RESEARCH SUPPORT, NON-U.S. GOV'T
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Isolation, Virulence, and Antimicrobial Resistance of Methicillin-Resistant Staphylococcus aureus (MRSA) and Methicillin Sensitive Staphylococcus aureus (MSSA) Strains from Oklahoma Retail Poultry Meats.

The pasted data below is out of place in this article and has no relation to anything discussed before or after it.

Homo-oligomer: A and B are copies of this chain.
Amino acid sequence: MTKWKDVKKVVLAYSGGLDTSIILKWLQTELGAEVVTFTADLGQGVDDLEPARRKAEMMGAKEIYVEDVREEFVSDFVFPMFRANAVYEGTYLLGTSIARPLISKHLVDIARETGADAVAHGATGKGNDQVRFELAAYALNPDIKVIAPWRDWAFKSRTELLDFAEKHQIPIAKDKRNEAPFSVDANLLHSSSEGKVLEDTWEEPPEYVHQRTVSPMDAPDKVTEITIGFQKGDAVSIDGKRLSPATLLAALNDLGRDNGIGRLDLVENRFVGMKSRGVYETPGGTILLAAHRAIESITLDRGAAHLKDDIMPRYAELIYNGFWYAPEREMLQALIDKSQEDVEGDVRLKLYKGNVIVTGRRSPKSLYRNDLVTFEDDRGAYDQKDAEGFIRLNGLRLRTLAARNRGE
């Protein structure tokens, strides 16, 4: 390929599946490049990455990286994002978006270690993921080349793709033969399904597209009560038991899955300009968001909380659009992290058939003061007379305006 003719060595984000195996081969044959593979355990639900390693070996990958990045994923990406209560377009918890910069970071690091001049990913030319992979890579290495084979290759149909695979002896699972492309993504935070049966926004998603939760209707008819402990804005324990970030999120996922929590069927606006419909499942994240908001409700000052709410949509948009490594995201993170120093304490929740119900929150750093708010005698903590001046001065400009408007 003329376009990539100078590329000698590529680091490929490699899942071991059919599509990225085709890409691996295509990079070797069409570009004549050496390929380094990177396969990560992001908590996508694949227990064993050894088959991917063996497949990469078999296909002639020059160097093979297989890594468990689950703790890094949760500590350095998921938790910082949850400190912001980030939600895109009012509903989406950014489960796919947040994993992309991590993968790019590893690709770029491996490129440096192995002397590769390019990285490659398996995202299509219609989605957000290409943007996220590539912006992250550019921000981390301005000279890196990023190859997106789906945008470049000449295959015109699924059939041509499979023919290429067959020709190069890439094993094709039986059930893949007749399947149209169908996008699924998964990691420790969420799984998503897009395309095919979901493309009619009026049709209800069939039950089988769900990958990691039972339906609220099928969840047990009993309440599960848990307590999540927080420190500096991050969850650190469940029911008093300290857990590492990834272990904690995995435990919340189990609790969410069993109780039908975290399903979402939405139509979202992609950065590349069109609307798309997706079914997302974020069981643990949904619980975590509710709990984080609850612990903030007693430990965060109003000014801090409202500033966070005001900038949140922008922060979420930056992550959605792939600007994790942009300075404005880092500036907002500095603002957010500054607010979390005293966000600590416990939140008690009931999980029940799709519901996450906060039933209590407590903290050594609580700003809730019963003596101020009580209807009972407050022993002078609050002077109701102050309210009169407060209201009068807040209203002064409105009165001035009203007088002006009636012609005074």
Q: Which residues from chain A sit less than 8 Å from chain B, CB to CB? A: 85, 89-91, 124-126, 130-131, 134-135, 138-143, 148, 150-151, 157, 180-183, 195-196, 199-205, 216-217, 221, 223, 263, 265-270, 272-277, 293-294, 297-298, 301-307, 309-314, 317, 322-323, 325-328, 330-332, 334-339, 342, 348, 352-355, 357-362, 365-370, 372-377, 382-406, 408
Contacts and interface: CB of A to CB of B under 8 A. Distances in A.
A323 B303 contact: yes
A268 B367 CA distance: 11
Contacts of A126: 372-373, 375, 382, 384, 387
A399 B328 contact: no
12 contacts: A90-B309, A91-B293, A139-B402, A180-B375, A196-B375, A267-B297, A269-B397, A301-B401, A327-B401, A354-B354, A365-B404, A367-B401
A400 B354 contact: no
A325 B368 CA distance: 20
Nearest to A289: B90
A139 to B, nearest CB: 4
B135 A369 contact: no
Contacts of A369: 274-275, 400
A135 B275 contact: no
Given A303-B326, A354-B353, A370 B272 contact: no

Staphylococcus aureus is one the top five pathogens causing domestically acquired foodborne illness in the U.S. Only a few studies are available related to the prevalence of S. aureus and MRSA in the U.S. retail poultry industry. The objectives of this study were to determine the prevalence of S. aureus (MSSA and MRSA) in retail chicken and turkey meats sold in Tulsa, Oklahoma and to characterize the recovered strains for their antimicrobial resistance and possession of toxin genes. A total of 167 (114 chicken and 53 turkey) retail poultry samples were used in this study. The chicken samples included 61 organic samples while the rest of the poultry samples were conventional. The overall prevalence of S. aureus was 57/106 (53.8%) in the conventional poultry samples and 25/61 (41%) in the organic ones. Prevalence in the turkey samples (64.2%) was higher than in the chicken ones (42.1%). Prevalence of S. aureus did not vary much between conventional (43.4%) and organic chicken samples (41%). Two chicken samples 2/114 (1.8%) were positive for MRSA. PFGE identified the two MRSA isolates as belonging to PFGE type USA300 (from conventional chicken) and USA 500 (from organic chicken) which are community acquired CA-MRSA suggesting a human based source of contamination. MLST and spa typing also supported this conclusion. A total of 168 Staphylococcus aureus isolates (101 chicken isolates and 67 turkey isolates) were screened for their antimicrobial susceptibility against 16 antimicrobials and their possession of 18 different toxin genes. Multidrug resistance was higher in the turkey isolates compared to the chicken ones and the percentage of resistance to most of the antimicrobials tested was also higher among the turkey isolates. The hemolysin hla and hld genes, enterotoxins seg and sei, and leucocidins lukE-lukD were more prevalent in the chicken isolates. The PVL gene lukS-lukF was detected only in chicken isolates including the MRSA ones. In conclusion, S. aureus is highly prevalent in poultry retail meats sold in Oklahoma with a very low presence of human-originated MRSA. Multidrug resistance is not only prevalent in the MRSA isolates, but also in many MSSA poultry strains, particularly turkey.

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